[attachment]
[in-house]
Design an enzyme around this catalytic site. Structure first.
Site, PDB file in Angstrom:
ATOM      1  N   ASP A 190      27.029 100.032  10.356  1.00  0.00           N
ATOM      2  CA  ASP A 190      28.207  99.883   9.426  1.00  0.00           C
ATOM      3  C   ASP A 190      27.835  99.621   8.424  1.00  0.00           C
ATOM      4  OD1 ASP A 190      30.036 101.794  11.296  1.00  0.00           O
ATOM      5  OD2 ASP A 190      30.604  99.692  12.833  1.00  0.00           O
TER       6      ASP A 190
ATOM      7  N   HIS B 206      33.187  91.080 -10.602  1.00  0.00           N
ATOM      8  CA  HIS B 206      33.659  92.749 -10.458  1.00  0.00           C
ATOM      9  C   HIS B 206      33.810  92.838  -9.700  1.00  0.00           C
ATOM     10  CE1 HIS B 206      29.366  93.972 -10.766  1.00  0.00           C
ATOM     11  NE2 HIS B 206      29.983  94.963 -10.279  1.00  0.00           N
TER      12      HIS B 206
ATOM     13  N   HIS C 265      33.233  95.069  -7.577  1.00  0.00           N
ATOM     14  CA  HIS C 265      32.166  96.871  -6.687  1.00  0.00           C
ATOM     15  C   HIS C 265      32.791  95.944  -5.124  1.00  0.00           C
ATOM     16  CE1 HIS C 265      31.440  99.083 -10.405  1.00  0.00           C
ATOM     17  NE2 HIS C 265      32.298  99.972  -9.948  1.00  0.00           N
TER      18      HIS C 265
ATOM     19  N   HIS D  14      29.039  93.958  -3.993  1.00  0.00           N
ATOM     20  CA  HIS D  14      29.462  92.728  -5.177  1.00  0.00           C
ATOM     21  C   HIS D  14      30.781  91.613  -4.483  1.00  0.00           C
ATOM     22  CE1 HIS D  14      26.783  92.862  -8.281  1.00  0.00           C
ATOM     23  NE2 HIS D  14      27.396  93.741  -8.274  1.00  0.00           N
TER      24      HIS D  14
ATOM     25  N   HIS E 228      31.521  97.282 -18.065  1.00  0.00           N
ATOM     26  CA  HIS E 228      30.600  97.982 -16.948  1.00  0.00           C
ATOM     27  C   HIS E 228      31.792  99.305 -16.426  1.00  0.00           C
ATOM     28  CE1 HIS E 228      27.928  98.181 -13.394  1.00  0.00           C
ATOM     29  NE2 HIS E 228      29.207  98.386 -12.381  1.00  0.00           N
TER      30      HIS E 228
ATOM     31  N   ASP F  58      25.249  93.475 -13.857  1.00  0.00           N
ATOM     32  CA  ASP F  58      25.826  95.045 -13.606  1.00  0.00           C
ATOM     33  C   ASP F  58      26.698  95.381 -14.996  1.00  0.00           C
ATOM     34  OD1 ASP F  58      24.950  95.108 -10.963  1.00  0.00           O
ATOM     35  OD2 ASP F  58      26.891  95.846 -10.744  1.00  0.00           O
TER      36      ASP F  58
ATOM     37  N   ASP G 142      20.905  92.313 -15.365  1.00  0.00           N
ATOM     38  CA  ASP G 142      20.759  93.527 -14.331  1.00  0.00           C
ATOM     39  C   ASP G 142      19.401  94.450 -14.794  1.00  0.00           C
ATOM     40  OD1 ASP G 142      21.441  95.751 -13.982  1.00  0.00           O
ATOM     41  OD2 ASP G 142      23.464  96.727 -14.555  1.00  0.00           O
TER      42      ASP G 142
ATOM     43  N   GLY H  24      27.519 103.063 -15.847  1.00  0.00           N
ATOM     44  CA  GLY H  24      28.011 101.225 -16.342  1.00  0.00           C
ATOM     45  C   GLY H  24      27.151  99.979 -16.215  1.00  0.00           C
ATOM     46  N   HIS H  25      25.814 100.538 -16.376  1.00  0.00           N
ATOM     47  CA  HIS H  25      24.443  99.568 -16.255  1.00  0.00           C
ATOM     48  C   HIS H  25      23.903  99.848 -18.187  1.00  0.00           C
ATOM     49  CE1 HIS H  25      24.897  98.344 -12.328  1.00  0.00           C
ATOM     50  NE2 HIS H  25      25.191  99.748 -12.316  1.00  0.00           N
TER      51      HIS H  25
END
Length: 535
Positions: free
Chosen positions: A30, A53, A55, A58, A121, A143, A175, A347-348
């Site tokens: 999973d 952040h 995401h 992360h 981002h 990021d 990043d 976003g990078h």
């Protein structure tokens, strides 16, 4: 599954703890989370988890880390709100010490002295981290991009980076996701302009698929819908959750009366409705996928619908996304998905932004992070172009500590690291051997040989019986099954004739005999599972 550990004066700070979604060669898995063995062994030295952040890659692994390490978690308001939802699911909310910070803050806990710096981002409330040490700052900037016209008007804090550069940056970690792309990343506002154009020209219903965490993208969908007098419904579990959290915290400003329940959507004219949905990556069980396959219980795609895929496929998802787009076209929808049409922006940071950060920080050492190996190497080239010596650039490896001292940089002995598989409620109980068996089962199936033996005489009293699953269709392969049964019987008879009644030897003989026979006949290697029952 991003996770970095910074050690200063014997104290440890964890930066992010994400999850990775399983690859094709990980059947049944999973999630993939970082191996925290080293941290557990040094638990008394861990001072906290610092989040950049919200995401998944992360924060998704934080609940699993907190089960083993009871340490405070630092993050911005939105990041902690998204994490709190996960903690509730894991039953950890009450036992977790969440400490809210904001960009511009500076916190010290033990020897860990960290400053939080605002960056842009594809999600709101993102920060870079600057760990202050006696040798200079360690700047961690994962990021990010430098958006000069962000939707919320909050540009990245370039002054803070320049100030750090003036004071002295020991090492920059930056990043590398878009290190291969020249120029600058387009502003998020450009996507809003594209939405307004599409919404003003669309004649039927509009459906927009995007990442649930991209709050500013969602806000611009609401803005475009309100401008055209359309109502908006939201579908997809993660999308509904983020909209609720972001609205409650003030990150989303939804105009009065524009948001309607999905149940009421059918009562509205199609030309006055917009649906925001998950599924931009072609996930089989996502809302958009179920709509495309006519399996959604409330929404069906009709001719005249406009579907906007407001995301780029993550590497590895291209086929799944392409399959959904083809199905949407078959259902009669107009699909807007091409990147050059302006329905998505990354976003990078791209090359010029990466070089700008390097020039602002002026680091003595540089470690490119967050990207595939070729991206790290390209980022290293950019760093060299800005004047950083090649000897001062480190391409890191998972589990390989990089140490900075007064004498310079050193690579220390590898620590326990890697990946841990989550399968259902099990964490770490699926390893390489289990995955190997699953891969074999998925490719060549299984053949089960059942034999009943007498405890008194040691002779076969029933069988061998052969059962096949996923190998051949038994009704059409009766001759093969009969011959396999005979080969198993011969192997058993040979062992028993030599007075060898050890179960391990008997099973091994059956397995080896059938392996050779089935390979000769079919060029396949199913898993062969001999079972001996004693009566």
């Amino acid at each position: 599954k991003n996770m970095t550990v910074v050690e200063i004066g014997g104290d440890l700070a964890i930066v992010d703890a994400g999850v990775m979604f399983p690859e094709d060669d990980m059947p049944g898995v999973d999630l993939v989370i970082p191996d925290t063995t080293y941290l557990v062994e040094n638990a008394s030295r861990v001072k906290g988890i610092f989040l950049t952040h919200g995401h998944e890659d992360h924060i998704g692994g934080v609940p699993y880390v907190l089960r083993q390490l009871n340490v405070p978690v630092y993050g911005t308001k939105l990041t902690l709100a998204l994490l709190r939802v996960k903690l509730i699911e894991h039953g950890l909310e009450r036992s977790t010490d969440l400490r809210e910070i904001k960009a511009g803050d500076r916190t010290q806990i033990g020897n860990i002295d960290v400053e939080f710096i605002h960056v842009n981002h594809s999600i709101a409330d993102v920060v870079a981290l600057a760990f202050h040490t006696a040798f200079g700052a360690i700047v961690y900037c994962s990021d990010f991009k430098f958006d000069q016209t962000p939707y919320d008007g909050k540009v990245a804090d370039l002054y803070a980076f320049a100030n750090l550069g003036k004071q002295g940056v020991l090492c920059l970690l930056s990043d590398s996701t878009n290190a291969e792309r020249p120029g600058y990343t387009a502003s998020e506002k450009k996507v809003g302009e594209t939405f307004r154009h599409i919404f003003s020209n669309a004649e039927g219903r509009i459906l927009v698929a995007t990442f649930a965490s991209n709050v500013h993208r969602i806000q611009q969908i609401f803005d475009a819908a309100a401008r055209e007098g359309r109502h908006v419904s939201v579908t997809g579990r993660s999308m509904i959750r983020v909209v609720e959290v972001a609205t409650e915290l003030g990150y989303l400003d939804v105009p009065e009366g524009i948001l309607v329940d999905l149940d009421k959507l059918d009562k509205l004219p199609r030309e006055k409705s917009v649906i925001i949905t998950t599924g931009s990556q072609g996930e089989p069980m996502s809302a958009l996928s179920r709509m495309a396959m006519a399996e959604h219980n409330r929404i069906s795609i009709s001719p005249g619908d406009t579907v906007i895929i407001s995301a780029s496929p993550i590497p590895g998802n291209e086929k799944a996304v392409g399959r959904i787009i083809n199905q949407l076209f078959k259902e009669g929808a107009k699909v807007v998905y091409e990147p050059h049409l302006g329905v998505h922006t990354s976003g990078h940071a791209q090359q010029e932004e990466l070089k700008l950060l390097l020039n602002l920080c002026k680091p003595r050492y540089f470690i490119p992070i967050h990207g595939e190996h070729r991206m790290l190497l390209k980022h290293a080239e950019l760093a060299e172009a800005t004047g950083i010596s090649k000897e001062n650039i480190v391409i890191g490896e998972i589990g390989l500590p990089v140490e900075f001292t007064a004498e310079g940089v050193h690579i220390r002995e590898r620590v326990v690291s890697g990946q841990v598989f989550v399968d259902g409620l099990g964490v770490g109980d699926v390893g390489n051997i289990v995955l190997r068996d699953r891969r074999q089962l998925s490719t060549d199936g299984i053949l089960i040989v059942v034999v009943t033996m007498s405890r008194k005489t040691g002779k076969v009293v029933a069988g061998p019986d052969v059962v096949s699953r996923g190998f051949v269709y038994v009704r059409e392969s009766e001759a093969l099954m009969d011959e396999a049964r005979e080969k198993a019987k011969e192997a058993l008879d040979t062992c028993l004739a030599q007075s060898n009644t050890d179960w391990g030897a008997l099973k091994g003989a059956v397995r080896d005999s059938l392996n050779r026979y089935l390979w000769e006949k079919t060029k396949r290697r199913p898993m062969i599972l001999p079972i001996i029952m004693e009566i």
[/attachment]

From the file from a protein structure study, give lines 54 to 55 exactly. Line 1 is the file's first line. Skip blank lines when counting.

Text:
TER      51      HIS H  25
END